KABUL, Afghanistan (AP) — A powerful cousin of Afghan President Hamid Karzai was assassinated by a suicide bomber hiding explosives in his cap on Tuesday, a provincial official said.
Hashmat Khalil Karzai was a staunch supporter of the president and had played an active role in the campaign to choose his cousin's successor.
The attacker blew himself up while bowing to kiss Karzai's hand following morning prayers for the Muslim holiday of Eid al-Fitr in a reception room at the Karzai family home in the southern province of Kandahar, a provincial government spokesman said.
No one immediately claimed responsibility for the attack, which comes at a sensitive time in Afghanistan as an audit is taking place under international supervision of all 8 million ballots cast last month in the second round of the country's presidential election. The process is key to insuring a peaceful transfer of power ahead of the withdrawal of most foreign troops by the end of the year.
Hashmat Karzai was campaign manager for former Finance Minister and World Bank official Ashraf Ghani Ahmadzai, who is competing against Abdullah Abdullah.
The president, who was constitutionally barred from seeking a third term, has appealed for a speedy conclusion to the audit, saying that Afghanistan urgently needs a new leader.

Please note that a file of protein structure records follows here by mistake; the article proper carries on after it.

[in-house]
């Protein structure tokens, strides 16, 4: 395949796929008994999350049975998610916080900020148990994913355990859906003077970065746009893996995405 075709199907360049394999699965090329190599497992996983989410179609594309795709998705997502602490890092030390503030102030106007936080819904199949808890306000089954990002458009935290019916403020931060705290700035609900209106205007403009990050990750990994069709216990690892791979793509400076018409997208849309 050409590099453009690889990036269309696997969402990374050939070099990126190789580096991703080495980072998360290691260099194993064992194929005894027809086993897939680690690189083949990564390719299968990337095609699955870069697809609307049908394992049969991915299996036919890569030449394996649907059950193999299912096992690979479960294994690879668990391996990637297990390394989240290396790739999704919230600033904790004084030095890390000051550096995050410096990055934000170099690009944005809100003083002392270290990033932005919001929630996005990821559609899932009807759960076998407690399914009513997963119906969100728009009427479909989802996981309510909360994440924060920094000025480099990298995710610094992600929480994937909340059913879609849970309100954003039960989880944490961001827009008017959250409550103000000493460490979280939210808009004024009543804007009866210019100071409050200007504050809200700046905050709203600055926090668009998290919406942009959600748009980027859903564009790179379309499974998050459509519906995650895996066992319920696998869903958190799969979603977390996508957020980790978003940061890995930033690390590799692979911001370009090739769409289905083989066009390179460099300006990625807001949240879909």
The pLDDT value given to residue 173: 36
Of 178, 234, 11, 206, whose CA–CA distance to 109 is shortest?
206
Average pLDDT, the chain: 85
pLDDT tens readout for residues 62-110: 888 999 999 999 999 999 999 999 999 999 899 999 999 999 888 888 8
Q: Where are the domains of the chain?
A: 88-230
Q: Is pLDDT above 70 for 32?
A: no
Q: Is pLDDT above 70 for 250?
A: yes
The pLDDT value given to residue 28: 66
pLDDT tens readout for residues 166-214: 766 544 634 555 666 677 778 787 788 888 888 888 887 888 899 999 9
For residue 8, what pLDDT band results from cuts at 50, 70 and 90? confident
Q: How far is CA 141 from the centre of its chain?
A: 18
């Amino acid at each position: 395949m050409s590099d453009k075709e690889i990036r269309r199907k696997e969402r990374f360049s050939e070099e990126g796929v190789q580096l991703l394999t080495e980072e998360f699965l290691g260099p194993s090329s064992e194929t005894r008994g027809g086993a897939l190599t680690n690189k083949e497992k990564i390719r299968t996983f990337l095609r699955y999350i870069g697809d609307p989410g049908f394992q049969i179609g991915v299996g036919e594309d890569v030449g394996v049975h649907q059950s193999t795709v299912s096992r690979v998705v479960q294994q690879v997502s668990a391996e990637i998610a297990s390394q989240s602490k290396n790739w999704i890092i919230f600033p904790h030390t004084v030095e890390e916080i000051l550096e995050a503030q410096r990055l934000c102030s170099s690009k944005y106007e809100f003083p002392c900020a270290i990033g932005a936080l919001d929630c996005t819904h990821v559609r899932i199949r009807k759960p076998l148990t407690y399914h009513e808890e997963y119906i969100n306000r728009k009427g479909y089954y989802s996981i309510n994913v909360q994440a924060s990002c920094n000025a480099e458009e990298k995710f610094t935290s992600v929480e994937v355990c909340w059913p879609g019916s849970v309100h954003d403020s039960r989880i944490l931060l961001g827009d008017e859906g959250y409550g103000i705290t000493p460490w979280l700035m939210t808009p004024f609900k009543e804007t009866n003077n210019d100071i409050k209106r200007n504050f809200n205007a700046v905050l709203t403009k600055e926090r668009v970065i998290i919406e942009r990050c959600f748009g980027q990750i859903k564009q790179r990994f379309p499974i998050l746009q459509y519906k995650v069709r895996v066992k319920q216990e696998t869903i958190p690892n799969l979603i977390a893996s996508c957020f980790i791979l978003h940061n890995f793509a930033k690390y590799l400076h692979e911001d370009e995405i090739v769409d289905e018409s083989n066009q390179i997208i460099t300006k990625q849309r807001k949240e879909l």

Dawa Khan Minapal, the provincial government spokesman, initially said the explosives were hidden in a turban but later said they were under a cap worn by the bomber. He said one person also was wounded and authorities were investigating how the bomber got the explosives through the security checks at the Karzai home in the district of Karz.
It was not the first time that Karzai's family members have been targeted. The president's powerful half-brother, Ahmad Wali Karzai, who was the head of the provincial council, was slain in his home in the city of Kandahar by his bodyguard in July 2011.
President Karzai condemned the attack. "Every day Afghans are murdered by terrorist attacks. My family is also part of this disaster," he said.
British Ambassador Richard Stagg also expressed condolences to the Karzai family.
Hashmat's "killers must not be allowed to prevent the desire of ordinary Afghans to see a peaceful political transition based on the votes they cast," Stagg said in a statement.